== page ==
Shares in this iconic brand are the real thing

by Rodney Hobson from interactive investor |

This stock tip delivered a 24% profit, and the market crash offers a chance to replicate the trade.

Rodney Hobson is an experienced financial writer and commentator who has held senior editorial positions on publications and websites in the UK and Asia, including Business News Editor on The Times and Editor of Shares magazine. He speaks at investment shows, including the London Investor Show, and on cruise ships. His investment books include Shares Made Simple, the best-selling beginner's guide to the stock market. He is qualified as a representative under the Financial Services Act.

Things were going so well for soft drinks maker Coca-Cola (NYSE:KO) at the end of last year. Then came the coronavirus pandemic and the fizz evaporated. When we eventually come out of the crisis, the shares could be the real thing.

Coca-Cola is the largest non-alcoholic drinks maker in the world with brands that include Coke, Fanta and Sprite.

It also has some non-sparkling brands. Most of its efforts go into the early stage of the supply chain, making concentrates that are processed and distributed by a network of 100 bottlers. Revenue is generated around the world. It sells in 200 countries and makes nearly 70% of its sales outside the US.

Source: interactive investor  Past performance is not a guide to future performance

At the end of January, the Atlanta-based company reported a strong performance in the final three months of 2019, with earnings per share more than doubling from 20 cents to 47 cents.

Net earnings were similarly ahead, from $927 million in the previous fourth quarter to over $2 billion. Organic revenue grew 7% and total revenue was 16% higher, with group volumes ahead by 3%.

Around the globe, sales were patchy but with most regions ahead. Latin America was the best performer with 26% organic growth on volumes up 3%; Asia Pacific was up 8% and in North America revenue rose 4% even though volumes were flat.

The disappointment came in Europe, Middle East and Africa where organic revenue slipped 2%. But one of the big advantages of Coca-Cola is that its global reach means any setbacks can be more than compensated for elsewhere.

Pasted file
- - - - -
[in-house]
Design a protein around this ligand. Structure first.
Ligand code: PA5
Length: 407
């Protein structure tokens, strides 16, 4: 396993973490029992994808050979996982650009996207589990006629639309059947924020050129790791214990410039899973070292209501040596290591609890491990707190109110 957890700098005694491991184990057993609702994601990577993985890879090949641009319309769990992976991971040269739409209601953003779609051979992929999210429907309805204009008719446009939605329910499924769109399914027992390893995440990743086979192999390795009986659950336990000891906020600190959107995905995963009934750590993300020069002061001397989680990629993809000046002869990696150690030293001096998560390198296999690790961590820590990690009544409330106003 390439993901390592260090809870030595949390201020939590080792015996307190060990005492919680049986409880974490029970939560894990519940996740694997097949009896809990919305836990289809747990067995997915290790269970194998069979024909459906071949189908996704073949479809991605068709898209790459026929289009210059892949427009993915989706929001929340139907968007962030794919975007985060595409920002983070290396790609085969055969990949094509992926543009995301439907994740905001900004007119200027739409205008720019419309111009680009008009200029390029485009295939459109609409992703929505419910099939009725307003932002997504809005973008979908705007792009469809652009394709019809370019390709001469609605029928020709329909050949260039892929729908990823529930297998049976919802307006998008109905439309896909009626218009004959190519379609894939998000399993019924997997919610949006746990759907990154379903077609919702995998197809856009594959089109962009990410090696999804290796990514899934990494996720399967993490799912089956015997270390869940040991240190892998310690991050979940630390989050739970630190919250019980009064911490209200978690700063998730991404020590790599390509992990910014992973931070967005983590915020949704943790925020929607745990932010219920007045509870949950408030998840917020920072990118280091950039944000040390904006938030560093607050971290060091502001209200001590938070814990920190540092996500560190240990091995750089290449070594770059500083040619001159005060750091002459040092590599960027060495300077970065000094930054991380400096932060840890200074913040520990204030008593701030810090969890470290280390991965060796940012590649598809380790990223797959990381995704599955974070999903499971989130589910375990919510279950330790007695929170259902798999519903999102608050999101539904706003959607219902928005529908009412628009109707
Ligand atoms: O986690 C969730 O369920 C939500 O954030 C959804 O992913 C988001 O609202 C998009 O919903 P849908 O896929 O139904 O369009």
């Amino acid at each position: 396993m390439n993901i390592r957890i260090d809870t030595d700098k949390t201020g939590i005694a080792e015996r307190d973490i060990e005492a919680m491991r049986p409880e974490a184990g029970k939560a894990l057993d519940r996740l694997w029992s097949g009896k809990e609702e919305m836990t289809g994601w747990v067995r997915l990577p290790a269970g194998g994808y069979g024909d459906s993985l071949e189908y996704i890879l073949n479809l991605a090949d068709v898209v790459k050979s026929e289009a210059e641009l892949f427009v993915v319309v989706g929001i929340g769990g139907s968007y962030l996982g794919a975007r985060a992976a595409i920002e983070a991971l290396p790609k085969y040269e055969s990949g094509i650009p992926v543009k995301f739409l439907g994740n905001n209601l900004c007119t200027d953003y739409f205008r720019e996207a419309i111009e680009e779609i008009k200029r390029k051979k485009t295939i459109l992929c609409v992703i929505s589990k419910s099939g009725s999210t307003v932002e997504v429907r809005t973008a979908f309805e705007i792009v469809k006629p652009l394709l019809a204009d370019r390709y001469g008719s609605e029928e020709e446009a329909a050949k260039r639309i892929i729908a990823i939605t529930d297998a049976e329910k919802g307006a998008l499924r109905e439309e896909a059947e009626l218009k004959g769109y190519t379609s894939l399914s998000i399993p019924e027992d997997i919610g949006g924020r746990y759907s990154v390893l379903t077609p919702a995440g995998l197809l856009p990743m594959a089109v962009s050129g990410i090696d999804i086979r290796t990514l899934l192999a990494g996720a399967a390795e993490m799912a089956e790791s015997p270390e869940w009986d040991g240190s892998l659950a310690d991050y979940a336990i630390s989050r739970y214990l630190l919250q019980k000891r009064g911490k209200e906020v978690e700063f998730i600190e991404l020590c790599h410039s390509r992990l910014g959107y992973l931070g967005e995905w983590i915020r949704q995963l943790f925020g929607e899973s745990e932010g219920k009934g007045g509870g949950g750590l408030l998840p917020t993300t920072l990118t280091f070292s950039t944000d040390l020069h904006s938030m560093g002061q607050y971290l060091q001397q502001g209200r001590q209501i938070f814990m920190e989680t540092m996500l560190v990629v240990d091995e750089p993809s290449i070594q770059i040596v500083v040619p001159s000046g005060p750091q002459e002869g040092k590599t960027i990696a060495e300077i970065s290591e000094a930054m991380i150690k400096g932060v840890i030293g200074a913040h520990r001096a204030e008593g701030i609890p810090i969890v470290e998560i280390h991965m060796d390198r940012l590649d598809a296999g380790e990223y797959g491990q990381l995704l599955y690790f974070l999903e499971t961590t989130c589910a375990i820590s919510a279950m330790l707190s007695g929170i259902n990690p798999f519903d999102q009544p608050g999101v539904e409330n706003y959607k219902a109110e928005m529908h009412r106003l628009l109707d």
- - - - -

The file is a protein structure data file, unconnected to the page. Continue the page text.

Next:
Over the whole year, revenue increased by 9% to $37.3 billion and net income soared by 39%. All regions were ahead over the year as a whole.

Chair and chief executive James Quincey claimed that Coca-Cola was growing in a more sustainable way and he was confident that organic revenue would rise 5% in 2020, with earnings per share of $2.11-2.25. At the top end, that would be 7% ahead.

Clearly the Covid-19 lockdowns in various countries will knock a hole in that assessment, but the impact should be lessened substantially by the fact that food stores need to be exempted from any enforced closures of retail outlets. Sales of soft drinks should hold up reasonably well.

Source: interactive investor  Past performance is not a guide to future performance

More impact will be felt at the Costa Coffee shop chain bought from Whitbread (LSE:WTB) in January last year. Many commentators felt that the Americans had acquired a great business with enormous potential for expansion.

That acquisition of 2,700 outlets looks somewhat ill-timed now, especially as Coca-Cola is committed to paying 16,000 members of staff at closed stores their full average weekly pay over eight weeks. Cafes, where complete strangers congregate, are naturally seen as expendable in lockdowns, but we will one day get back to normal. 

While figures from China are suspect, the tailing off of cases and deaths reported there are being replicated in places such as South Korea and Singapore and possibly in Italy. Coca-Cola has the financial clout to hang on until we turn the corner.

I last looked at Coca-Cola on 1 May when it reported quarterly profits beating analysts’ forecasts and the shares looked unfairly subdued, having fallen back from a peak at $51. 

The stock closed that day at $48.39 and I suggested buying below $50. It looked a good call as shares rose steadily to a peak above $60 in February. They have since slumped to $38 but have come off the bottom to approach $40.

Hobson’s choice: The advice to buy up to $50 still stands although investors can easily beat that at the moment and will probably be able to do so for some time.

Rodney Hobson is a freelance contributor and not a direct employee of interactive investor.

These articles are provided for information purposes only.  Occasionally, an opinion about whether to buy or sell a specific investment may be provided by third parties.  The content is not intended to be a personal recommendation to buy or sell any financial instrument or product, or to adopt any investment strategy as it is not provided based on an assessment of your investing knowledge and experience, your financial situation or your investment objectives. The value of your investments, and the income derived from them, may go down as well as up. You may not get back all the money that you invest. The investments referred to in this article may not be suitable for all investors, and if in doubt, an investor should seek advice from a qualified investment adviser.

Full performance can be found on the company or index summary page on the interactive investor website. Simply click on the company's or index name highlighted in the article.


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